Commercial property has weathered stormy conditions before
The B-word continues to cast its shadow in RICS’ “state of the nation” UK Commercial Property Market Survey.
When posed the question “have you seen any evidence of firms looking to relocate away from the UK in response to the Brexit vote?”, around 25 per cent of respondents said yes. When asked if they expected to see firms relocating over the next two years, this increased to 50 per cent.
Ever since that seismic referendum vote in 2016, RICS has asked its survey respondents each quarter whether they have seen any evidence of firms looking to relocate at least a portion of their business as a result. Before jumping to that 25 per cent figure in Q3, the proportion saying yes has consistently hovered at around 15 to 18 per cent.
It is hard to say whether the increase represents a firm statement of intent or mere mood music regarding the end game of the negotiation process.
Despite such indicators, commercial properties continue to be a good bet. Mortgage brokers and lenders are increasingly seeing investors move away from traditional vanilla properties and looking at more complex buy-to-let. Rents on commercial lets tend to be higher, offering a better yield for landlords when margins get squeezed.
The UK’s commercial property stock has grown on average by 3 per cent year-on-year since 2000, according to the Property Data Report.
The market was worth £833bn in 2016, representing 10 per cent of the UK’s net wealth. Investors owned £486bn worth of non-residential property, with overseas investors owning just under 30 per cent.
It is safe to say some areas are more buoyant than others. This is exemplified in the commercial sector’s holy trinity of industrial, office and retail space.
The Q3 RICS survey showed clear demand for industrial space, with a steady run of uninterrupted growth stretching back to 2012, benefiting from the shift towards online shopping. The demand for office space was unchanged but retail space demand from businesses saw a fall for the sixth successive quarter.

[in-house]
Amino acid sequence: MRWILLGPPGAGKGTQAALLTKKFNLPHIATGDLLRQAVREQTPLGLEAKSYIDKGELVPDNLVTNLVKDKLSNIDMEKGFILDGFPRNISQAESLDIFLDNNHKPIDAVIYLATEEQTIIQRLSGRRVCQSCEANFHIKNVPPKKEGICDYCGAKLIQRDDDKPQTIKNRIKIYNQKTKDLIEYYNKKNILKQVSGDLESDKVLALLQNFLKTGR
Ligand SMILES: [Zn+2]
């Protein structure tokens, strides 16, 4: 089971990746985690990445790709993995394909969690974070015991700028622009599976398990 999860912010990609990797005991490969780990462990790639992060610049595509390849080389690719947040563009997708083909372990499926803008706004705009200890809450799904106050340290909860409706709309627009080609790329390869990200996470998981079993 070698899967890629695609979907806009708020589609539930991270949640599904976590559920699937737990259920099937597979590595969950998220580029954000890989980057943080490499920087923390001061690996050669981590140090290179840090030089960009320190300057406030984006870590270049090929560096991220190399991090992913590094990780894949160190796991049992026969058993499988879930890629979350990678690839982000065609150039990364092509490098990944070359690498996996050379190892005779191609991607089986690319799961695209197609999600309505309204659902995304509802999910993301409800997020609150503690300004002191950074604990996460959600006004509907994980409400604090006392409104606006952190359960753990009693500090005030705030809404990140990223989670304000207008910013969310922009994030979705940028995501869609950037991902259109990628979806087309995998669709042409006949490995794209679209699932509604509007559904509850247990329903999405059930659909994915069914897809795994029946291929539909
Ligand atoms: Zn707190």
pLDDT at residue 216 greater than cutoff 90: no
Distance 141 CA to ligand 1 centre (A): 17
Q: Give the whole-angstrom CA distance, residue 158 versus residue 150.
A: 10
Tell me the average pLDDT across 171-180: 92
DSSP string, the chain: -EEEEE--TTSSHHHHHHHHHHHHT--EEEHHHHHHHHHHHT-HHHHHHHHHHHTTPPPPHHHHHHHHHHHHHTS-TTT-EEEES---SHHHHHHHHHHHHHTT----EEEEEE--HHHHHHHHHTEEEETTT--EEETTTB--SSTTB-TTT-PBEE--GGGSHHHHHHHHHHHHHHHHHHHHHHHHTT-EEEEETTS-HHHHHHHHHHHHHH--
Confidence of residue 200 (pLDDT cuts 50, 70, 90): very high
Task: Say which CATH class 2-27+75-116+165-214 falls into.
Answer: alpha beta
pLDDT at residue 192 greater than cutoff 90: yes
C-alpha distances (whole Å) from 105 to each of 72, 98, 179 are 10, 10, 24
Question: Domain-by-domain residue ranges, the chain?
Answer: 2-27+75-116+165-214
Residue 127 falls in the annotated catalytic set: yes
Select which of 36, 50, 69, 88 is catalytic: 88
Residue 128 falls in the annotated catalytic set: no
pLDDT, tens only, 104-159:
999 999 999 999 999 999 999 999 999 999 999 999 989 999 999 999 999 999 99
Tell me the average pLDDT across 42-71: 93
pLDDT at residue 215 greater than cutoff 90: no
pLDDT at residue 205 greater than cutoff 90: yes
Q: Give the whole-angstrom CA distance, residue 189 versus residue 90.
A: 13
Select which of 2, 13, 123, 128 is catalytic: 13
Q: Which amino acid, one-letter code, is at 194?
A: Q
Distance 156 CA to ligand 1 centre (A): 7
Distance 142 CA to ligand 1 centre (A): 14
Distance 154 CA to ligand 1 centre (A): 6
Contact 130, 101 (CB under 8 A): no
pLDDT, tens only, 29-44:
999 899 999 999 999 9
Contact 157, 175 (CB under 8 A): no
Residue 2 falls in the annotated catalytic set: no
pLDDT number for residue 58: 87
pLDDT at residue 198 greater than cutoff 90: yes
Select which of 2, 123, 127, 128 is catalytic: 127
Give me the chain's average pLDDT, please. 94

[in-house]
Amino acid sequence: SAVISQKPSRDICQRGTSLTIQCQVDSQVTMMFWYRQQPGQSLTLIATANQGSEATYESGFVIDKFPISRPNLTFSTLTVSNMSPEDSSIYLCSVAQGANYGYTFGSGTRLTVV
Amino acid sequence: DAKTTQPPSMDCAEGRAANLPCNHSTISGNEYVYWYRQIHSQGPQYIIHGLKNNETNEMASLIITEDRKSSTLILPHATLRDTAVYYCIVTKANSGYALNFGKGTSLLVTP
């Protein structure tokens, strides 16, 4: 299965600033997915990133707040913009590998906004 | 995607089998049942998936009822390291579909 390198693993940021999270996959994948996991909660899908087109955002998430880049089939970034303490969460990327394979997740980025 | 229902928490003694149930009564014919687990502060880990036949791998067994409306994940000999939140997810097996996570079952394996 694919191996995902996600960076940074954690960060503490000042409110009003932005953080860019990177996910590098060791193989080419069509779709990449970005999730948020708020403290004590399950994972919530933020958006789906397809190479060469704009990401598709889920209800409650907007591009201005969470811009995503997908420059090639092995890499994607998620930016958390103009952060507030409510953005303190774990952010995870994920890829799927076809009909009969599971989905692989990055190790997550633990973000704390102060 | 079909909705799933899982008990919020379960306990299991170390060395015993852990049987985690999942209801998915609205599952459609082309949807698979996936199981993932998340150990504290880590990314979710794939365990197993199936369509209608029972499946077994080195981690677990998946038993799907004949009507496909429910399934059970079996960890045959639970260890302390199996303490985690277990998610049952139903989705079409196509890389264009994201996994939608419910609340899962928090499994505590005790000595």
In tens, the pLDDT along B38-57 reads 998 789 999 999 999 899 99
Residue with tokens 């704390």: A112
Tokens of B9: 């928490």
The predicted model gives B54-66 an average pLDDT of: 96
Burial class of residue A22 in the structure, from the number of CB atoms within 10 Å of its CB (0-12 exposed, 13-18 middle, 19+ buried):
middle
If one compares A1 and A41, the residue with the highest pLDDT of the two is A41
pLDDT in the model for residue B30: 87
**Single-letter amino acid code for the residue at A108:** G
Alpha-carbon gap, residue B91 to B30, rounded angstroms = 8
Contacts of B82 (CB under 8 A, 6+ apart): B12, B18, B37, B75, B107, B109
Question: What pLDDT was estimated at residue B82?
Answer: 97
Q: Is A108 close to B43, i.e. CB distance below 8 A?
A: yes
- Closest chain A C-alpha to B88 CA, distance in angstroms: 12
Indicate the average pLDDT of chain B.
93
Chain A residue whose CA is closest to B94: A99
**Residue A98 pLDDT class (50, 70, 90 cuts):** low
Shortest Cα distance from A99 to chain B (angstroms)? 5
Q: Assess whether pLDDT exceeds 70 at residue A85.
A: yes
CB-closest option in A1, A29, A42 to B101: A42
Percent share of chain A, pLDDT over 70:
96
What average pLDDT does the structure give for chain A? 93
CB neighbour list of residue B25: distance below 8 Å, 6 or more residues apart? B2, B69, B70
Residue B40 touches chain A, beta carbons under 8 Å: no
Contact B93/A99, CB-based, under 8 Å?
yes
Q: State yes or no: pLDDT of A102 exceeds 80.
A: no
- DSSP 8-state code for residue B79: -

The retail sector is displaying challenging rental projections across the UK, with an expected downward trend for both prime (good transport links and close to amenities) and secondary (within walking distance to transport links and amenities) locations.
It is hard to say what effect increased Brexit pressure will have on our high street.
The London market for secondary office space is expected to see a slight fall in rents and the outlook for prime office rents in the capital is looking relatively flat but, regionally, the picture looks more positive.
Prime industrial values are also rising confidently throughout the UK, with secondary industrial prices strongest in the Midlands and the South of England.
The views of the panel of chartered surveyors interviewed for the RICS survey provide a mixed picture. Some areas such as East Anglia are showing market resilience despite uncertainty over negotiations, whereas businesses in the North East and North West are taking a more wait-and-see approach. Scotland is experiencing a slowdown in the property market.
To sum up, then, commercial property is still looking like a good investment option with high yields and both prime and secondary industrial office space showing excellent growth potential.
Commercial property has faced economic and political uncertainty in the past, so there is nothing to suggest it will not be able to maintain its competitive edge from March 2019 and beyond.
Lucy Barrett is managing director of Vantage Finance